Software systems can be seen of collections of parts that may or may not depend on each other. These range from statements and functions that are linked to each other, over large components like classes or packages, to non-source code artefacts like requirements and models that are linked to each other or to other artefacts. In this research stream we analyse software systems to identify the dependencies between the different parts and use them to solve software engineering problems using both deterministic and probabilistic models. One example of such a problems is change impact analysis where the question is which elements of a software system are affected by a (potential) change to an element of the system. Change impact analysis is an important technique that is extremely useful during software maintenance, for example it can be used to establish which test cases have to be rerun after a change has been applied to a system.

Jens Krinke * Nicolas Gold

Software Reuse and Similarity

With the availability of source code available to be reused and the huge number of developers involved in large projects, it gets more and more important to establish the provenance of the current code within a project. This touches questions like “where is this code coming from”, “who has modified the code”, or “where has this code been reused”. Such questions arise for example to establish if one is allowed to use the software according to its license or just to figure out who can answer questions about that code best. On the other hand, the huge amount of available code is an opportunity for reuse and allows one to find artefacts ready to be reused, based on how similar the context of the current problem is.

Jens Krinke

Secure Information Flow

A lot of effort in making software secure goes into a kind of “fire-fighting”, i.e. discovering and closing vulnerabilities in code. However, even if all vulnerabilities have been eliminated, code still may not be secure. It may contain covert channels that allow attacks on confidentiality of information, integrity of information, and the privacy and anonymity of the user. Such covert channels leaking information may be within the logic of the program or be so-called “side channels” such as measuring execution times or heat dissipation over different runs. The challenge of constructing security critical code for contemporary software is enormous.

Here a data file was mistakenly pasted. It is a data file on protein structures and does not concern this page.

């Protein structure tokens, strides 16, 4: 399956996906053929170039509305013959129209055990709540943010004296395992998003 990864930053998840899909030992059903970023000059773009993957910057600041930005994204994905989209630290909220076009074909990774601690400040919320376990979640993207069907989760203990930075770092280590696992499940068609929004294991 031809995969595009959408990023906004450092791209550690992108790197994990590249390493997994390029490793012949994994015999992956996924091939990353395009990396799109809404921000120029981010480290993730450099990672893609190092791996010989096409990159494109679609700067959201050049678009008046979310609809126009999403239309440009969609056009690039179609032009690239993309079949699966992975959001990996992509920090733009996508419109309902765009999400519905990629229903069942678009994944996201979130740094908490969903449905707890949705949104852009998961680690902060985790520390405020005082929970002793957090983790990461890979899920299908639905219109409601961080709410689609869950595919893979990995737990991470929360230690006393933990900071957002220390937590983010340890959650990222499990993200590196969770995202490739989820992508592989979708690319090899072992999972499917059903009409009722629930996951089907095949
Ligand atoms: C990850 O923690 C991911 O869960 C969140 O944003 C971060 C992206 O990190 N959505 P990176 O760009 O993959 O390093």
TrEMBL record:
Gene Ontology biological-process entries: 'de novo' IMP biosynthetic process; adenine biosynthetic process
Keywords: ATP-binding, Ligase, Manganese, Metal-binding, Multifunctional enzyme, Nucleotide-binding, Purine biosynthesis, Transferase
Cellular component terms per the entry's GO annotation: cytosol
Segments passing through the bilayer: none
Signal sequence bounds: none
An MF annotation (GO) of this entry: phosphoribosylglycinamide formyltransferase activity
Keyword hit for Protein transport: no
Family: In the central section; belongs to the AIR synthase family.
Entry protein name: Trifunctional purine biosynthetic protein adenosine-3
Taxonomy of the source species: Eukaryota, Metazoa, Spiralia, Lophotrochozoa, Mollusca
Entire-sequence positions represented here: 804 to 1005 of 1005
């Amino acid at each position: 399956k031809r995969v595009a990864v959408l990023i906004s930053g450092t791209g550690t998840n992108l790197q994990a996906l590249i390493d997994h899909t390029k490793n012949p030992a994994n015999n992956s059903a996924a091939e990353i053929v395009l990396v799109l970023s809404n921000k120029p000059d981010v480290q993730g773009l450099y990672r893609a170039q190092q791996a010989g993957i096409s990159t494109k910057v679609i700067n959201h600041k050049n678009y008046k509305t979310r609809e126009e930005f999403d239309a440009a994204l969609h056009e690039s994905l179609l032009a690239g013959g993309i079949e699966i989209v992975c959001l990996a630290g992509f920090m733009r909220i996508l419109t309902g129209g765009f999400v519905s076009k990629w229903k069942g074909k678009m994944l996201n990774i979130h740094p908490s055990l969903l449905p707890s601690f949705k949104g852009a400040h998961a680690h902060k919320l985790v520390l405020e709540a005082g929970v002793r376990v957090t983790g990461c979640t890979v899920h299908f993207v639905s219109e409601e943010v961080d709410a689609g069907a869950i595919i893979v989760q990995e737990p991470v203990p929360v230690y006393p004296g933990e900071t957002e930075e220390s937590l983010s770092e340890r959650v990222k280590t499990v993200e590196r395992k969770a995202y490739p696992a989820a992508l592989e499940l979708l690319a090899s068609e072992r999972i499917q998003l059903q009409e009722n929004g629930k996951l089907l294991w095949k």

Traditional formal methods cannot be applied to large, complex, heterogeneous, distributed systems. Methods closer to traditional software testing with underpinning theory and statistical guarantees are needed.

David Clark

Statistics and Information Theory in Software Testing

Software testing is in essence the problem of finding a finite (and preferably small) set of inputs that are good at capturing the possible behaviours of the software under test. This is a hard problem and has many associated smaller problems such as: What is a good oracle? How can I know that my test suite is diverse enough to be representative? Where is the fault in my code? Why is my test suite lying to me? How do I select fresh data to retrain my neural net? This list is potentially very long (and very interesting). Applying statistics and information theory to these problems can assist in devising models and principles that find useful answers. These, in turn, can lead to measures that help find test suites and oracles with good properties.

David Clark

Automated Program Repair

Software is buggy, and bugs have serious consequences, such as reducing the quality of software products, introducing security vulnerabilities, or even endangering human life. Since bug fixing is a difficult and tedious process, developers often cannot allocate sufficient time and resources to address all problems, and even critical bugs remain unresolved for years. Automated program repair is a rapidly growing area of research that aims to solve this problem by automatically suggesting patches for buggy code, without or with minimal developer involvement. Modern program repair approaches typically combine practical techniques from different fields of computer science including program analysis, formal methods and artificial intelligence. Since program repair is a relatively young area of research, it provides exciting opportunities for fundamental scientific contributions, and industrial innovations. Important open problems in program repair include (1) how to automatically address many kinds of defects in large software projects in a scalable fashion, and (2) how to ensure the quality and correctness of automatic patches.

Sergey Mechtaev

Current Projects

PhD scholarships are available on the following projects:

Evolving Program Improvement Collaborators (EPIC)

Link: http://www0.cs.ucl.ac.uk/staff/F.Sarro/PhDEPIC.html

Supervisors: Mark Harman, Federica Sarro

Genetic Improvement of Software

Link: https://cordis.europa.eu/project/rcn/210972_en.html

Link: http://gow.epsrc.ac.uk/NGBOViewGrant.aspx?GrantRef=EP/P023991/1

Supervisor: Justyna Petke

Predictive Analytics for Software Engineering

Link: http://www0.cs.ucl.ac.uk/staff/F.Sarro/PhDScholarship.html

Supervisor: Federica Sarro

This page was last modified on 08 Feb 2019.